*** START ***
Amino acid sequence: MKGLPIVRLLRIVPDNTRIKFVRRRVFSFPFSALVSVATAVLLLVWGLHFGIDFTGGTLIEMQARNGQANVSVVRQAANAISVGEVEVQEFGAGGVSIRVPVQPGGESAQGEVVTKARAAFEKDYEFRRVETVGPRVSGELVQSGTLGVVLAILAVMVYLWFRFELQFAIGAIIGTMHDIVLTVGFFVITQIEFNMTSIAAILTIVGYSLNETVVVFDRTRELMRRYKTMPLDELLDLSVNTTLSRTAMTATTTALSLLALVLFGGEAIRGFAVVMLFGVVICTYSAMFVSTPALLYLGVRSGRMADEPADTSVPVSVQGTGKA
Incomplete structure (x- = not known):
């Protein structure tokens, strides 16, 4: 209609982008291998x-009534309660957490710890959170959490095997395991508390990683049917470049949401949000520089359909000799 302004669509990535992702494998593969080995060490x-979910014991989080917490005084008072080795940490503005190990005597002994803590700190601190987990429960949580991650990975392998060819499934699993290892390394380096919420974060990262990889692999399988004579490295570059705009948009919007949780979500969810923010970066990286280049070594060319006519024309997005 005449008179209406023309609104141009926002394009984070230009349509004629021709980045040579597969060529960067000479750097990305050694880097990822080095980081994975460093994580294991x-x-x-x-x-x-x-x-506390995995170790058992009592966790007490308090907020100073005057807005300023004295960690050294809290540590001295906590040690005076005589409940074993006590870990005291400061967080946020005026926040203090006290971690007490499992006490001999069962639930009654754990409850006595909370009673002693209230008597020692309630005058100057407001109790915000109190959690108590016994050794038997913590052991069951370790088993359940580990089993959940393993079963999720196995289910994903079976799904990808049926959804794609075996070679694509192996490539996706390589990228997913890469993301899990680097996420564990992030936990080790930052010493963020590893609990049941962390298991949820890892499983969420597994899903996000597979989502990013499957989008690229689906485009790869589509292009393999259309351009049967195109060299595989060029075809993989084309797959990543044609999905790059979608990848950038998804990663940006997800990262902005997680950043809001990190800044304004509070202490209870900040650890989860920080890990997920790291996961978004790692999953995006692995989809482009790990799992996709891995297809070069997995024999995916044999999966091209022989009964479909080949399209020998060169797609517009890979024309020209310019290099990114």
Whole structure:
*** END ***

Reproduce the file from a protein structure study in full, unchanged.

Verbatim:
Amino acid sequence: MKGLPIVRLLRIVPDNTRIKFVRRRVFSFPFSALVSVATAVLLLVWGLHFGIDFTGGTLIEMQARNGQANVSVVRQAANAISVGEVEVQEFGAGGVSIRVPVQPGGESAQGEVVTKARAAFEKDYEFRRVETVGPRVSGELVQSGTLGVVLAILAVMVYLWFRFELQFAIGAIIGTMHDIVLTVGFFVITQIEFNMTSIAAILTIVGYSLNETVVVFDRTRELMRRYKTMPLDELLDLSVNTTLSRTAMTATTTALSLLALVLFGGEAIRGFAVVMLFGVVICTYSAMFVSTPALLYLGVRSGRMADEPADTSVPVSVQGTGKA
Incomplete structure (x- = not known):
């Protein structure tokens, strides 16, 4: 209609982008291998x-009534309660957490710890959170959490095997395991508390990683049917470049949401949000520089359909000799 302004669509990535992702494998593969080995060490x-979910014991989080917490005084008072080795940490503005190990005597002994803590700190601190987990429960949580991650990975392998060819499934699993290892390394380096919420974060990262990889692999399988004579490295570059705009948009919007949780979500969810923010970066990286280049070594060319006519024309997005 005449008179209406023309609104141009926002394009984070230009349509004629021709980045040579597969060529960067000479750097990305050694880097990822080095980081994975460093994580294991x-x-x-x-x-x-x-x-506390995995170790058992009592966790007490308090907020100073005057807005300023004295960690050294809290540590001295906590040690005076005589409940074993006590870990005291400061967080946020005026926040203090006290971690007490499992006490001999069962639930009654754990409850006595909370009673002693209230008597020692309630005058100057407001109790915000109190959690108590016994050794038997913590052991069951370790088993359940580990089993959940393993079963999720196995289910994903079976799904990808049926959804794609075996070679694509192996490539996706390589990228997913890469993301899990680097996420564990992030936990080790930052010493963020590893609990049941962390298991949820890892499983969420597994899903996000597979989502990013499957989008690229689906485009790869589509292009393999259309351009049967195109060299595989060029075809993989084309797959990543044609999905790059979608990848950038998804990663940006997800990262902005997680950043809001990190800044304004509070202490209870900040650890989860920080890990997920790291996961978004790692999953995006692995989809482009790990799992996709891995297809070069997995024999995916044999999966091209022989009964479909080949399209020998060169797609517009890979024309020209310019290099990114």
Whole structure: